# Limit of summation as n goes to infinity

I am trying to solve the following:

Let $q>1$ and $n \in N$. Evaluate $\lim_{n \rightarrow +\infty} \sum_{k=1} ^n \frac{k^{q-1}}{n^q + k^q}$.

I understand that I need to first get the summation into a closed form, and then take the limit of the sum. However, I am not sure how to deal with the summation. I tried to solve the summation in Mathematica (letting k = 6) first so that I knew where to go with solving the summation, but I ended up with this, which I don't now how to work with:

(1) Am I correct in proceeding by finding the closed form of the summation, then taking the limit?

(2) Can someone suggest a strategy for finding the closed form for this summation? I have never worked with an example where I was working with an unidentified real number like this.

• If any of the answeres below were useful to you, then you should upvote all answers you find useful and accept the one that was most useful to you. It is a way to show that you have found the answer to your question and it shows your appreciation. Now it seems like you still need help. If answers are not useful to you, then it helps if you say why not. This helps others to help you. For more information read this. Mar 27 '16 at 13:10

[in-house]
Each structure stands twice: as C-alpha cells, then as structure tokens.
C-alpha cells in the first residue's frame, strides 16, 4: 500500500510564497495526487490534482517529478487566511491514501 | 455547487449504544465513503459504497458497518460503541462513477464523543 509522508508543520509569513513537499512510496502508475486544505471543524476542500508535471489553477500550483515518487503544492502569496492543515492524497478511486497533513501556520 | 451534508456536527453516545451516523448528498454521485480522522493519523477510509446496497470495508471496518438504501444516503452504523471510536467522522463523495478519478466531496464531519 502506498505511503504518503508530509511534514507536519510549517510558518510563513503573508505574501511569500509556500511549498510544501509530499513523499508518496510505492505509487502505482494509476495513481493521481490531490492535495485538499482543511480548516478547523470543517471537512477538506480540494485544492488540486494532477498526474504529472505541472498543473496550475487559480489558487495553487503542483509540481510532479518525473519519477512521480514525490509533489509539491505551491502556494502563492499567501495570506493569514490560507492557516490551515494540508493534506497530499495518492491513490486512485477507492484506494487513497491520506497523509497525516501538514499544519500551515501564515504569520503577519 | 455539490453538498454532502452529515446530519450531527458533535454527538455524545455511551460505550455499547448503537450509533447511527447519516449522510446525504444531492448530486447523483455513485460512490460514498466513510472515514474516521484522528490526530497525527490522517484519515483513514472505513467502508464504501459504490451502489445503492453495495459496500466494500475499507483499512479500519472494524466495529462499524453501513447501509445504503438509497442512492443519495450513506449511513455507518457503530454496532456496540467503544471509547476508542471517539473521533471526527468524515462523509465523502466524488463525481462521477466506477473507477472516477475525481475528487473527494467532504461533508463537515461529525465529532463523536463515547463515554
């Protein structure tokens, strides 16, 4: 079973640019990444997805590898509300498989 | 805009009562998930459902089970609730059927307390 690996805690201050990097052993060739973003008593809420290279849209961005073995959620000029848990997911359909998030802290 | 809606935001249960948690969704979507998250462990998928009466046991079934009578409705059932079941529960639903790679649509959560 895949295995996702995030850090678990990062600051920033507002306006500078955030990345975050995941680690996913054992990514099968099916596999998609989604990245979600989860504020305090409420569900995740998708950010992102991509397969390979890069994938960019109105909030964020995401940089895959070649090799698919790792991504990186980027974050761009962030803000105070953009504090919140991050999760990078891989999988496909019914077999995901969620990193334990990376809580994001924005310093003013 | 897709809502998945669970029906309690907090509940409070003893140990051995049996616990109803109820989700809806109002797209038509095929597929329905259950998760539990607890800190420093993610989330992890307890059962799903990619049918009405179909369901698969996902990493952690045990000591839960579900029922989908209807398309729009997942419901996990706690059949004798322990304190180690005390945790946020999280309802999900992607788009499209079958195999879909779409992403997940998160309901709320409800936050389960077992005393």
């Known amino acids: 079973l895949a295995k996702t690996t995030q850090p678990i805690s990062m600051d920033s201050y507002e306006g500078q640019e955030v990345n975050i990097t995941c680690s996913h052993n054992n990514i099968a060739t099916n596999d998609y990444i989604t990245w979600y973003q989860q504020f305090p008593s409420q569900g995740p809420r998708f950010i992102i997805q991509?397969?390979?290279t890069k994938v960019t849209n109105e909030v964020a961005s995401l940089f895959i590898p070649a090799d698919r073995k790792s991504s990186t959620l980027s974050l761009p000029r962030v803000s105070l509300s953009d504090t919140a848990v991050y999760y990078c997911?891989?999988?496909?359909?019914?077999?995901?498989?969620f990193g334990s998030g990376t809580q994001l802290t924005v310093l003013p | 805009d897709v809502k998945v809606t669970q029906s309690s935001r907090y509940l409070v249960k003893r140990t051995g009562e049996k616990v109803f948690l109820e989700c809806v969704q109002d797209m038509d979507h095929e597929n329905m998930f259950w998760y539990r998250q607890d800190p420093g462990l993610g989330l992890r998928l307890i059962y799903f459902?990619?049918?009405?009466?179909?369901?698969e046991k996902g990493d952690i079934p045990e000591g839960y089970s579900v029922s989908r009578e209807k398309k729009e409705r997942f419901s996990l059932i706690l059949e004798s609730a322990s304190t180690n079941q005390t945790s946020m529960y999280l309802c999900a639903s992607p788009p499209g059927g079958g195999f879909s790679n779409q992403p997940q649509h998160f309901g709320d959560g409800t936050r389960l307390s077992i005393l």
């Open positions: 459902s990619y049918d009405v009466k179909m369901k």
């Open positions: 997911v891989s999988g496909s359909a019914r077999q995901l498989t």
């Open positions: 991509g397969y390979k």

Write the sum as the Riemann sum of a function: $$\lim_{n\to\infty}\sum_{k=1}^n\frac{k^{q-1}}{n^q + k^q}=\lim_{n\to\infty} \frac1n\sum_{k=1}^n\frac{(k/n)^{q-1}}{1 + (k/n)^q}=\int_0^1\frac{x^{q-1}}{1+x^q}\,dx.$$
• It is just the definition of the Riemann integral using Riemann sums:$$\int_0^1f(x)\,dx=\lim_{n\to\infty}\frac1n\sum_{k=1}^nf(x_k)$$ where $x_k\in[(k-1)/n,k/n]$. Tipical choice is $x_k=k/n$. Jun 24 '15 at 21:58